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The role of migration and social environments in the risk of psychotic disorders

Dykxhoorn, Jennifer; (2019) The role of migration and social environments in the risk of psychotic disorders. Doctoral thesis (Ph.D), UCL (University College London). Green open access

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Abstract

Background: While numerous studies have demonstrated elevated psychosis risk in migrant groups, adequate explanations for this pattern have not been elucidated. The elevated burden of psychotic disorders represents a pressing public mental health priority, and thus understanding the determinants of increased risk is important in addressing this disparity. Objective: To determine how migration-related factors and the social environment affect the risk of developing psychotic disorders among migrants and their children. In order to investigate what drives elevated psychosis risk, my studies focused on migration-related factors, including region, age-at-migration, and family network, and aspects of the post-migratory environment, including neighbourhood ethnic density. Methods: I linked multiple Swedish population registers to conduct three longitudinal cohort studies. In Chapter 3, I investigated if risk of schizophrenia, schizoaffective disorder, and bipolar disorders varied by migrant status, region of origin, and age-at-migration. I examined the role of family network in psychosis risk amongst migrants in Chapter 4. Finally, I assessed how neighbourhood ethnic density affects psychosis risk in Chapter 5. I used Cox proportional hazards modelling throughout, with multilevel extension in Chapter 5. Results: Chapter 3 revealed increased risk of psychiatric disorders associated with migrant status was specific to psychotic disorders, with exact risk dependent on region of origin. Risk for psychotic disorders was elevated across most ages-at-migration, while risk of non-psychotic bipolar disorder was lower for all ages-of-migration except infancy. Chapter 4 showed that family networks at the time of migration differentially affected the risk of developing non-affective psychotic disorders for males and females. I found that the presence of family during migration was protective for females but increased risk among males. In Chapter 5, I found evidence that as own-group ethnic density increased, risk of non-affective psychosis decreased. Conclusions: Taken together, this research highlighted factors at the individual (e.g. migration status, region of origin, age-at-migration), family (family networks), and neighbourhood (ethnic density) levels that affected psychosis risk in migrants and their children. These studies demonstrated distinct patterns of risk and add to the body of knowledge around the social and structural explanations for psychotic disorders. These studies contribute to the growing body of evidence demonstrating the importance of the social environment in the aetiology of psychotic disorders and opens lines of inquiry for future research in this field.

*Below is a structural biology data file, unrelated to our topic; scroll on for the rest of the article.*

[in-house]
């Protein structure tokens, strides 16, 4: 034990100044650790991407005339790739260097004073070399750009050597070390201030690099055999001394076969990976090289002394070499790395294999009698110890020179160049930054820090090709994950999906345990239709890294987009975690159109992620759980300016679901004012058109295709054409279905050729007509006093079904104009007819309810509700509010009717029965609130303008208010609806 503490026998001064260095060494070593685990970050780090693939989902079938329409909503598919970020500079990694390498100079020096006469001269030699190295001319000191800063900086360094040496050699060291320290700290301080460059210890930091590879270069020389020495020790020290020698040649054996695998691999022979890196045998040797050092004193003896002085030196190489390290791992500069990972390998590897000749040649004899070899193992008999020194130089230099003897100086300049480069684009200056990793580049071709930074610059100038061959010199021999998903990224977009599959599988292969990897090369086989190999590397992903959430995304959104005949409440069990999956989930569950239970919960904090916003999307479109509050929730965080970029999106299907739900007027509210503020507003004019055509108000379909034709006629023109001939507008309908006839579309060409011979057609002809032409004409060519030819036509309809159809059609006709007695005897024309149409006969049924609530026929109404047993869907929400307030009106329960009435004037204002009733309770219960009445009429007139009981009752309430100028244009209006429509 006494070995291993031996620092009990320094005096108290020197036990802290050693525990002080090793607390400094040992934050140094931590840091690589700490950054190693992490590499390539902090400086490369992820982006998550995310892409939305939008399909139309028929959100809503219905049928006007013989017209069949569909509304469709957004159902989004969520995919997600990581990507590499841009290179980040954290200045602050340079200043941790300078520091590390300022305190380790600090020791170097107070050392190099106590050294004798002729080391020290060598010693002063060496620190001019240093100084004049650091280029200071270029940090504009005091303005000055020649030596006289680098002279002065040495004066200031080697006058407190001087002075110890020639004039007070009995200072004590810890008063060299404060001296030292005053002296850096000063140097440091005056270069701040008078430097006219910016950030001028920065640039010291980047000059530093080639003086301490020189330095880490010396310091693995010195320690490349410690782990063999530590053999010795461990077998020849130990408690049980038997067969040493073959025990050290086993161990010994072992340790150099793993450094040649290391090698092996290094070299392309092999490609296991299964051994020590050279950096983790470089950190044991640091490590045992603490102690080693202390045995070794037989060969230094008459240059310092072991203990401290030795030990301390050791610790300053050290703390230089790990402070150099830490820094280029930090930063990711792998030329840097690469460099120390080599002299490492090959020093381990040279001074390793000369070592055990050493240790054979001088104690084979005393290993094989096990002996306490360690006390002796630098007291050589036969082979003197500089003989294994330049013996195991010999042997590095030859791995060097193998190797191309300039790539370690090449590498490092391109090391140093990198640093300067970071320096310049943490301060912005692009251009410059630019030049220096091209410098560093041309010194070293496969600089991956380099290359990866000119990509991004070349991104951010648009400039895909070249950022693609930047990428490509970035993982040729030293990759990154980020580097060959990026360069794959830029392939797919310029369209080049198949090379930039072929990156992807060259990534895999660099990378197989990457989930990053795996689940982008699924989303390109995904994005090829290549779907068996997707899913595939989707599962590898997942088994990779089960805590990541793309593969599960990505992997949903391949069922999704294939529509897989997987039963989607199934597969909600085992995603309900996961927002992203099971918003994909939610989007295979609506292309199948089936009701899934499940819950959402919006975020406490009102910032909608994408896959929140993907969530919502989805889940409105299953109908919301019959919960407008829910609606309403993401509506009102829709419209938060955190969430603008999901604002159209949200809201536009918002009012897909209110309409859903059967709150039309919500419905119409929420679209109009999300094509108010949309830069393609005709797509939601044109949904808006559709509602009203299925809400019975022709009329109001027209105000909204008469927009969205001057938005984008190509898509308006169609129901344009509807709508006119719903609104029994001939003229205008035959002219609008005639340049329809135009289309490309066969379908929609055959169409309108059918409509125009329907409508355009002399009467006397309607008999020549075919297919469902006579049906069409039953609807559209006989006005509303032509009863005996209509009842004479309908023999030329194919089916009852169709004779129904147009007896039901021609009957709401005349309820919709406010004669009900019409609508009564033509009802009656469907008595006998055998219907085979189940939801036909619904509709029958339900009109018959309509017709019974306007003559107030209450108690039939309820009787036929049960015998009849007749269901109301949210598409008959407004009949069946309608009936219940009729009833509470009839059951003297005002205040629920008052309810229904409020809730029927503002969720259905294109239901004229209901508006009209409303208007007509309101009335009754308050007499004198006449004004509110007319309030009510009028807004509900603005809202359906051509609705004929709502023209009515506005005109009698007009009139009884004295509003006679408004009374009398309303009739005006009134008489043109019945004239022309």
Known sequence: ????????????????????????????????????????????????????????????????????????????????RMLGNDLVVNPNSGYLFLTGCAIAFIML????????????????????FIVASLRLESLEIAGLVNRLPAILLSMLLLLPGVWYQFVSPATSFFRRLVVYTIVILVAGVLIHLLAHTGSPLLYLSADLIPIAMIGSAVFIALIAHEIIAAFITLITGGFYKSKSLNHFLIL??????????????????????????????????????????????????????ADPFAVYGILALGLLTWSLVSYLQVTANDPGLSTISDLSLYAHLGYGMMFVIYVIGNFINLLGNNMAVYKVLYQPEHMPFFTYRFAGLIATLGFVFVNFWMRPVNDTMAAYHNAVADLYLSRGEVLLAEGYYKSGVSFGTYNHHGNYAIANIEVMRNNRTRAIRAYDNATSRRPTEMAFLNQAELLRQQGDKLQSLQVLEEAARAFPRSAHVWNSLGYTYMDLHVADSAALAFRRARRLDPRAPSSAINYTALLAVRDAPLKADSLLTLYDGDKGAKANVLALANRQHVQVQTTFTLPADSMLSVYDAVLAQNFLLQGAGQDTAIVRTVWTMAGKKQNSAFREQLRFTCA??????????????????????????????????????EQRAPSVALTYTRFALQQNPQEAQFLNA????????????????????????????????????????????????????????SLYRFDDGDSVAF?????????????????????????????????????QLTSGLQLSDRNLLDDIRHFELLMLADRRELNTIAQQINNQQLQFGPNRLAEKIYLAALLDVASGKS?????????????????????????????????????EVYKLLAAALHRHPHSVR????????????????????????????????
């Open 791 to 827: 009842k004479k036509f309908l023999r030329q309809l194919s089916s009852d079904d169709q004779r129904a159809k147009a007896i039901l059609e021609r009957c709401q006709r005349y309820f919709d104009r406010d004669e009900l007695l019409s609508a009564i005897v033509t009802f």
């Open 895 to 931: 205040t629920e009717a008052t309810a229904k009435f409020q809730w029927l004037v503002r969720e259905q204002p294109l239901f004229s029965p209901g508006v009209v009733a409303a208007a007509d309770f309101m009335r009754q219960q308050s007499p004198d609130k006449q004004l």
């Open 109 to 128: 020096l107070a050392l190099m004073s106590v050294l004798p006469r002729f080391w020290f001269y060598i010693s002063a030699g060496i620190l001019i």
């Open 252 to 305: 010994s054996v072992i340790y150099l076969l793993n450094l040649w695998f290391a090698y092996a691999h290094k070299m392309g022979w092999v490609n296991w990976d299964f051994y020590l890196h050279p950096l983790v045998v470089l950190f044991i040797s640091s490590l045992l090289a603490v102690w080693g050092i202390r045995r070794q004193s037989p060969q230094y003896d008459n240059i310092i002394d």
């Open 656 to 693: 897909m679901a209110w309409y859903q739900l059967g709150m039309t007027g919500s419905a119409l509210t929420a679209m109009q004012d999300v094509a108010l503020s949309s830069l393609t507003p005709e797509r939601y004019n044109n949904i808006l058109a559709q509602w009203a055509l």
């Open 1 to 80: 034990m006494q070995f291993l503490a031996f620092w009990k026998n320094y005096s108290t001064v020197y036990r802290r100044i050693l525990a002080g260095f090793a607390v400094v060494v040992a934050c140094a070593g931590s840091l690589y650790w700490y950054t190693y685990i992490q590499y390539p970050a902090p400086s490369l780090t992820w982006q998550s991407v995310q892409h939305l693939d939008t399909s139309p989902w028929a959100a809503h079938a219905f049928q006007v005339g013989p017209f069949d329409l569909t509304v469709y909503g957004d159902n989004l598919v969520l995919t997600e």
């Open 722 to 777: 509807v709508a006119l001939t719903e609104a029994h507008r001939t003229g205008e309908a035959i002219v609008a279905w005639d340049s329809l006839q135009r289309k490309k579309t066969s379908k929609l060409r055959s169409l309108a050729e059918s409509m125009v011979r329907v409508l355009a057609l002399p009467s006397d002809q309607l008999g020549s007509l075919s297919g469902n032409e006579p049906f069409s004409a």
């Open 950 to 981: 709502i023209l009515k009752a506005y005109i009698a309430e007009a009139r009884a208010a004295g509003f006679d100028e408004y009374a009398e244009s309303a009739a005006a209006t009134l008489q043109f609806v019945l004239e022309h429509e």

Type: Thesis (Doctoral)
Qualification: Ph.D
Title: The role of migration and social environments in the risk of psychotic disorders
Event: UCL
Open access status: An open access version is available from UCL Discovery
Language: English
Additional information: Copyright © The Author 2019. Original content in this thesis is licensed under the terms of the Creative Commons Attribution 4.0 International (CC BY 4.0) Licence (https://creativecommons.org/licenses/by/4.0/). Any third-party copyright material present remains the property of its respective owner(s) and is licensed under its existing terms. Access may initially be restricted at the author’s request. - Some third party copyright material has been removed from this e-thesis.
UCL classification: UCL
UCL > Provost and Vice Provost Offices > School of Life and Medical Sciences
UCL > Provost and Vice Provost Offices > School of Life and Medical Sciences > Faculty of Population Health Sciences
UCL > Provost and Vice Provost Offices > School of Life and Medical Sciences > Faculty of Population Health Sciences > Institute of Epidemiology and Health
UCL > Provost and Vice Provost Offices > School of Life and Medical Sciences > Faculty of Population Health Sciences > Institute of Epidemiology and Health > Primary Care and Population Health
URI: https://discovery.ucl.ac.uk/id/eprint/10077100
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